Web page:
WorkSafeBC Home

What workers should do

Workers should know and understand their workplace health and safety responsibilities — and those of others. If you’re a worker, you also have three key rights: the right to know about hazards in the workplace; the right to participate in health and safety activities in the workplace; and the right to refuse unsafe work.

Know when not to come to work

The following workers must not go to work:

  • Anyone with COVID‐19-like symptoms such as a sore throat, fever, sneezing, or coughing must self‐isolate at home for a minimum of 10 days from onset of symptoms, until their symptoms are completely resolved.
  • Workers who have travelled internationally. In these cases, they must remain away from the workplace for at least 14 days.
  • They live in the same household as a confirmed or clinical COVID-19 case who is self-isolating.

Workers who have been exposed to anyone confirmed to have COVID-19, or to anyone with possible symptoms of COVID-19, should call HealthLink BC at 8-1-1 for an assessment and to determine any necessary next steps.

Take other preventative measures while at work

If entering the workplace, workers should:

  • Comply with the employer’s instructions around minimizing exposure to COVID-19.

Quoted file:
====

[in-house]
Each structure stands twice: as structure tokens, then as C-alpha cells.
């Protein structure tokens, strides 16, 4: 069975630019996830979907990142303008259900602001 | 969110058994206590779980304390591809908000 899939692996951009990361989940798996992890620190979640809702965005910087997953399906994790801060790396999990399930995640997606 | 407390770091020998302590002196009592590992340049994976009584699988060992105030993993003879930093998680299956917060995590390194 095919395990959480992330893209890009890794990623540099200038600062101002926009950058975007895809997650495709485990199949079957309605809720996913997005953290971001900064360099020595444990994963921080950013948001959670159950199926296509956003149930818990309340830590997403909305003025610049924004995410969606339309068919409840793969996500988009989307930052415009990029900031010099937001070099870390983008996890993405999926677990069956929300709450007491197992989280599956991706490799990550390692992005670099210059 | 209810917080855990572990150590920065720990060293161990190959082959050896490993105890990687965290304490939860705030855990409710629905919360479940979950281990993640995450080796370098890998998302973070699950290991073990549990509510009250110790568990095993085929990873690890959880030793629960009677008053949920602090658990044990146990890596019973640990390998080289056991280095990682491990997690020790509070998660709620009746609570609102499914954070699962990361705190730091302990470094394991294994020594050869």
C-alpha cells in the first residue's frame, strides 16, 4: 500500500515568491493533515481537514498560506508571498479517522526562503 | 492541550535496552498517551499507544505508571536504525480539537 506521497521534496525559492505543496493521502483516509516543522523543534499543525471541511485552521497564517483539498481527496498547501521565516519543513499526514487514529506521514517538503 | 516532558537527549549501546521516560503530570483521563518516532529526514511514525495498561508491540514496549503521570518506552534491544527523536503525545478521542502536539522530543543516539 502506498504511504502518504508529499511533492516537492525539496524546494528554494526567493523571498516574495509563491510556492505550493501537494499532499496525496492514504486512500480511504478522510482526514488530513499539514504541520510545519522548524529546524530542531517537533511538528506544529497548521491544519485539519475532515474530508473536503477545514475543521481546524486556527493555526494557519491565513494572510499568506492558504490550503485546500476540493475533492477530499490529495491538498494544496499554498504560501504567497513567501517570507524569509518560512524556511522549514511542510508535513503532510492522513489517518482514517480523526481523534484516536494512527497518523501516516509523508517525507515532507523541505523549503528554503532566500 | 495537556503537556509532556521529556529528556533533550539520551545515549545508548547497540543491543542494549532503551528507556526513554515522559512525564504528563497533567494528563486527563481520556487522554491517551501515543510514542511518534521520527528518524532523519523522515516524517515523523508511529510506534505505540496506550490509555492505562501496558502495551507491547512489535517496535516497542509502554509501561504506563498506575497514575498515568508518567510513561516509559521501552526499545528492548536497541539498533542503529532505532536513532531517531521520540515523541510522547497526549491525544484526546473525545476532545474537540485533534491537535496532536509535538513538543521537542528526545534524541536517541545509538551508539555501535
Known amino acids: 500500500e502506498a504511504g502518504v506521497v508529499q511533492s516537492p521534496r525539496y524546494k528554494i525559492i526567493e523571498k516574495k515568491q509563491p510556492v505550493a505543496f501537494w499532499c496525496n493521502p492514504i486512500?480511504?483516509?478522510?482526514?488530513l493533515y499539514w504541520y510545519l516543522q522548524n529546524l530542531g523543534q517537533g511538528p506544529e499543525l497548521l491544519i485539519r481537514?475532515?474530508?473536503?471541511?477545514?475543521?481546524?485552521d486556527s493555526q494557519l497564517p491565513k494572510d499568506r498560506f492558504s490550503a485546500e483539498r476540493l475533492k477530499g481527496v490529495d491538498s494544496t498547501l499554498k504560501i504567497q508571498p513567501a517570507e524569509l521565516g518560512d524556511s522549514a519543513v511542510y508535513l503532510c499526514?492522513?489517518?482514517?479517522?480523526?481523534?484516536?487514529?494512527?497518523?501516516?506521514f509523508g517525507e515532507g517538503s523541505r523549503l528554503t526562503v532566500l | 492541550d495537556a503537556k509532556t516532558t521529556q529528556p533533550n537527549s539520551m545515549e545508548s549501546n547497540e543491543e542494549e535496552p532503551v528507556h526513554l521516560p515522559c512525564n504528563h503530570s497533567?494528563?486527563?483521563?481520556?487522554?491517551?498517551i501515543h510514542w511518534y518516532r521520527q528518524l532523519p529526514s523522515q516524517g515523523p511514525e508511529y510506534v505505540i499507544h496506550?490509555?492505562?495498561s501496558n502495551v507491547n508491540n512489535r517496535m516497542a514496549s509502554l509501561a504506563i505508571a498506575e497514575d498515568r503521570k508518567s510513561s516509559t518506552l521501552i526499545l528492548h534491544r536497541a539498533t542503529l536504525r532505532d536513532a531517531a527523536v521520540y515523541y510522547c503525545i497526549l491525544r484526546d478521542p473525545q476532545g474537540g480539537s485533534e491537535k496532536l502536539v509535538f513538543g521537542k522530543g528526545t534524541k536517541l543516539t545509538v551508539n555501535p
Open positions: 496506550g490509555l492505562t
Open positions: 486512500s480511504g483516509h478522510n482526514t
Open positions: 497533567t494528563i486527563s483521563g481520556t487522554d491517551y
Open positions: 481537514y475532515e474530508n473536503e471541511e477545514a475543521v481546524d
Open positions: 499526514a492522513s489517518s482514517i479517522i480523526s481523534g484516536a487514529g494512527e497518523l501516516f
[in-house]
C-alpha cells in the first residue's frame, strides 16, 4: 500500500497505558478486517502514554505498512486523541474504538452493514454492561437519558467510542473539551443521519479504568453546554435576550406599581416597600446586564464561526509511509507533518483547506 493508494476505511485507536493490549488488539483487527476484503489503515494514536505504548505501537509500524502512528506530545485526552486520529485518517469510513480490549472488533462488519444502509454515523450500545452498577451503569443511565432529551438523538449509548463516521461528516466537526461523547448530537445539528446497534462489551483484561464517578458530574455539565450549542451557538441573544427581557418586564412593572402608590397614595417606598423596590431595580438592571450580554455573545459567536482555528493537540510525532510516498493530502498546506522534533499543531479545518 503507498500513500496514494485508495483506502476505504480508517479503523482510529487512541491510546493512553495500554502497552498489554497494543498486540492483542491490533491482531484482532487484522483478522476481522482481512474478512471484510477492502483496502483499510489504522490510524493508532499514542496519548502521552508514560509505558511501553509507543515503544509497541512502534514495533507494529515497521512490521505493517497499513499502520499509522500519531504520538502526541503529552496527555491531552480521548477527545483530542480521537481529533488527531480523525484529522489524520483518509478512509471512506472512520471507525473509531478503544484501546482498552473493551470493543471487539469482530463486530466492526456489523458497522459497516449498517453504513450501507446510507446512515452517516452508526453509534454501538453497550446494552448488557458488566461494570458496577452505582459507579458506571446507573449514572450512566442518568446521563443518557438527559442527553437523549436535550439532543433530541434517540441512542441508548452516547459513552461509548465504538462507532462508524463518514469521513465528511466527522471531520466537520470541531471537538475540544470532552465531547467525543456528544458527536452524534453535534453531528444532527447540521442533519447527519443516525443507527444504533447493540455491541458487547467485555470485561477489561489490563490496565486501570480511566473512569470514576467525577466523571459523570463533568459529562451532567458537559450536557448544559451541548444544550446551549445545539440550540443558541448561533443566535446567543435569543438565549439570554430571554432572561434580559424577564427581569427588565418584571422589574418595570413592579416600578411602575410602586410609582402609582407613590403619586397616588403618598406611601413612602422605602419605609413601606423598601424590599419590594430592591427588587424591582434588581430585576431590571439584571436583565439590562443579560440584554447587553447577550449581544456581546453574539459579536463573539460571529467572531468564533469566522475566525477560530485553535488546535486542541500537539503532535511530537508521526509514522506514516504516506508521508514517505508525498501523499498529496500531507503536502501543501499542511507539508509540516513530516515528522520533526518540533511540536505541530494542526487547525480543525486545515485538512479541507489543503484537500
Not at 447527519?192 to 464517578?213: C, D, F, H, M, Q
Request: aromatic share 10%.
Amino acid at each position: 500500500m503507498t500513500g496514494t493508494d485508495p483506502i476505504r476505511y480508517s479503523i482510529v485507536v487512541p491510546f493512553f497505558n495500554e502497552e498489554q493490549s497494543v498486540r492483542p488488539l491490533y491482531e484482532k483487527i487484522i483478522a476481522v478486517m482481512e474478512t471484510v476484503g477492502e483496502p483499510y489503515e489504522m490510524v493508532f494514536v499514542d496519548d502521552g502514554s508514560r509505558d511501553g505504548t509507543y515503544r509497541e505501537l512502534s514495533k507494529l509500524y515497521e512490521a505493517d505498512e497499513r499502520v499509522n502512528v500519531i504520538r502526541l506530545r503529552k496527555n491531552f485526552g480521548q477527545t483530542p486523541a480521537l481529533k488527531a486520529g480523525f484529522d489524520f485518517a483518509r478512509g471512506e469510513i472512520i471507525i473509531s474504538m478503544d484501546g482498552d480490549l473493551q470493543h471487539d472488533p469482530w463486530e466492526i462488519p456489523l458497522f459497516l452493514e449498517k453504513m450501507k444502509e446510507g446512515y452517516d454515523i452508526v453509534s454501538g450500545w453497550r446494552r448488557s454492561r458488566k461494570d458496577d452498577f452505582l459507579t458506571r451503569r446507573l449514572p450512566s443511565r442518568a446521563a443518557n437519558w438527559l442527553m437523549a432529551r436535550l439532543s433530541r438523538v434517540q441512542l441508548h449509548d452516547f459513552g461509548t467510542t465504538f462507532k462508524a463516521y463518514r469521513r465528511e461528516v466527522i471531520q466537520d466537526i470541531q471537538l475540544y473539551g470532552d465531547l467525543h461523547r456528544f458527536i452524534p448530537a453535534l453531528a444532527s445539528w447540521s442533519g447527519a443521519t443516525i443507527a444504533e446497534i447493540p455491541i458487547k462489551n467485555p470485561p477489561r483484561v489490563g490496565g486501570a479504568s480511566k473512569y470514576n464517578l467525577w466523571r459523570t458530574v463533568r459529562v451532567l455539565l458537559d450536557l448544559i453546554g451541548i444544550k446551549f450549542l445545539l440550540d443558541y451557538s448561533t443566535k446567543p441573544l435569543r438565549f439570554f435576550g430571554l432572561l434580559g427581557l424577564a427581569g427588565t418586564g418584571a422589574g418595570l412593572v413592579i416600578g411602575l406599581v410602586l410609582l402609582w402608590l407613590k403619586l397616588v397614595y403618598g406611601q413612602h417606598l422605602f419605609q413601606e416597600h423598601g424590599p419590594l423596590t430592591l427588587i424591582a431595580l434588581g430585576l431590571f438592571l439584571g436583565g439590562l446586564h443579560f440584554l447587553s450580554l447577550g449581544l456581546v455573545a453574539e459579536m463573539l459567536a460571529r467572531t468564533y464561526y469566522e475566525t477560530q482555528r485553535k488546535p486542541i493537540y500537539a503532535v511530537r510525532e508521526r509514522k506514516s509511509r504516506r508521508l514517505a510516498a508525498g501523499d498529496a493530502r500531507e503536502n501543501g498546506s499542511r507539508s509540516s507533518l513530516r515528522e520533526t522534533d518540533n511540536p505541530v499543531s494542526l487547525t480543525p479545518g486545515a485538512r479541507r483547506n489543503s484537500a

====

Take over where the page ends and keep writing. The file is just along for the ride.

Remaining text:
• Wash their hands frequently, and/or use hand sanitizer.
  • Take steps to minimize exposure to COVID-19 while away from work.

Right to refuse work

Workers in B.C. have the right to refuse work if they believe it presents an undue hazard.

An undue hazard is an “unwarranted, inappropriate, excessive, or disproportionate” risk, above and beyond the potential exposure a general member of the public would face through regular, day-to-day activity.

In these circumstances, the worker should follow steps within their workplace to resolve the issue. The worker would begin by reporting the undue hazard to their employer for investigation and the employers would then need to consider the refusal on a case-by-case basis, depending on the situation.

If the matter is not resolved, the worker and the supervisor or employer must contact WorkSafeBC. A prevention officer will then investigate and take steps to find a workable solution.

For more information, see Occupational Health and Safety Guideline G3.12.

Need more information?

For information and assistance with health and safety issues in the workplace, including COVID-19, please contact our Prevention Information Line.